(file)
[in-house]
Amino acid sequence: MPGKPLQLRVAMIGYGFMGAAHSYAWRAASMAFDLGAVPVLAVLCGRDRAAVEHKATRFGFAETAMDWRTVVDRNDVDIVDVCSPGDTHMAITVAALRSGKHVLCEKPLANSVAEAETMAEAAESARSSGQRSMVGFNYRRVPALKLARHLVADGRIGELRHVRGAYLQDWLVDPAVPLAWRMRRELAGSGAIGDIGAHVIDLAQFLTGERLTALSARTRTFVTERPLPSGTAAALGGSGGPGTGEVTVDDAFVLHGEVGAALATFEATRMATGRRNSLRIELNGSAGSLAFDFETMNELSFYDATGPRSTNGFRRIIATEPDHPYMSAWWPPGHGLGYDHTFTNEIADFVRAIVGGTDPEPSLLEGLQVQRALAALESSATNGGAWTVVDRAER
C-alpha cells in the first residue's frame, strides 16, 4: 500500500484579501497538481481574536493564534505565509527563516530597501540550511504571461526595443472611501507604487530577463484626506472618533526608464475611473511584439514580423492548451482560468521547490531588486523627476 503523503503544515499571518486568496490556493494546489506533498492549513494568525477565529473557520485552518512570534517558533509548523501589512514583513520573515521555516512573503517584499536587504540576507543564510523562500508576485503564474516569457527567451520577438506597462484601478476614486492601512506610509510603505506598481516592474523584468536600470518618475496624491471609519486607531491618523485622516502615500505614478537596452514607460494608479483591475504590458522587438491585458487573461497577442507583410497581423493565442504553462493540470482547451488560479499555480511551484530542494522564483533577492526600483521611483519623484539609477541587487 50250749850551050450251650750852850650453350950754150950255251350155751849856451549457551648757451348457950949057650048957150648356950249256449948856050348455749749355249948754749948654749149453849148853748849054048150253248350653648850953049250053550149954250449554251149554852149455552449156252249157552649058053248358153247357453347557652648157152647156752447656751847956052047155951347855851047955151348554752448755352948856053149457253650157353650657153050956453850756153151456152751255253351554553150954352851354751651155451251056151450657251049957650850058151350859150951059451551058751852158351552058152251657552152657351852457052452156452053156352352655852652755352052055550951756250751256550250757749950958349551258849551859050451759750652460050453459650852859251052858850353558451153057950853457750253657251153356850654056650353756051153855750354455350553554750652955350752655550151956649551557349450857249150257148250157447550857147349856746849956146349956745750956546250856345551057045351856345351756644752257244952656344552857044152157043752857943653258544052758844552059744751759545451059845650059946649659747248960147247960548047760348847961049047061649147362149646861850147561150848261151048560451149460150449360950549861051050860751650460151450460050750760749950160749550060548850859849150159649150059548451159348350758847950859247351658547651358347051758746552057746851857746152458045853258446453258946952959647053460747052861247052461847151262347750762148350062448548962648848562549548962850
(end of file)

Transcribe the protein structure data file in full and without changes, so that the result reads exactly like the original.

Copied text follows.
[in-house]
Amino acid sequence: MPGKPLQLRVAMIGYGFMGAAHSYAWRAASMAFDLGAVPVLAVLCGRDRAAVEHKATRFGFAETAMDWRTVVDRNDVDIVDVCSPGDTHMAITVAALRSGKHVLCEKPLANSVAEAETMAEAAESARSSGQRSMVGFNYRRVPALKLARHLVADGRIGELRHVRGAYLQDWLVDPAVPLAWRMRRELAGSGAIGDIGAHVIDLAQFLTGERLTALSARTRTFVTERPLPSGTAAALGGSGGPGTGEVTVDDAFVLHGEVGAALATFEATRMATGRRNSLRIELNGSAGSLAFDFETMNELSFYDATGPRSTNGFRRIIATEPDHPYMSAWWPPGHGLGYDHTFTNEIADFVRAIVGGTDPEPSLLEGLQVQRALAALESSATNGGAWTVVDRAER
C-alpha cells in the first residue's frame, strides 16, 4: 500500500484579501497538481481574536493564534505565509527563516530597501540550511504571461526595443472611501507604487530577463484626506472618533526608464475611473511584439514580423492548451482560468521547490531588486523627476 503523503503544515499571518486568496490556493494546489506533498492549513494568525477565529473557520485552518512570534517558533509548523501589512514583513520573515521555516512573503517584499536587504540576507543564510523562500508576485503564474516569457527567451520577438506597462484601478476614486492601512506610509510603505506598481516592474523584468536600470518618475496624491471609519486607531491618523485622516502615500505614478537596452514607460494608479483591475504590458522587438491585458487573461497577442507583410497581423493565442504553462493540470482547451488560479499555480511551484530542494522564483533577492526600483521611483519623484539609477541587487 50250749850551050450251650750852850650453350950754150950255251350155751849856451549457551648757451348457950949057650048957150648356950249256449948856050348455749749355249948754749948654749149453849148853748849054048150253248350653648850953049250053550149954250449554251149554852149455552449156252249157552649058053248358153247357453347557652648157152647156752447656751847956052047155951347855851047955151348554752448755352948856053149457253650157353650657153050956453850756153151456152751255253351554553150954352851354751651155451251056151450657251049957650850058151350859150951059451551058751852158351552058152251657552152657351852457052452156452053156352352655852652755352052055550951756250751256550250757749950958349551258849551859050451759750652460050453459650852859251052858850353558451153057950853457750253657251153356850654056650353756051153855750354455350553554750652955350752655550151956649551557349450857249150257148250157447550857147349856746849956146349956745750956546250856345551057045351856345351756644752257244952656344552857044152157043752857943653258544052758844552059744751759545451059845650059946649659747248960147247960548047760348847961049047061649147362149646861850147561150848261151048560451149460150449360950549861051050860751650460151450460050750760749950160749550060548850859849150159649150059548451159348350758847950859247351658547651358347051758746552057746851857746152458045853258446453258946952959647053460747052861247052461847151262347750762148350062448548962648848562549548962850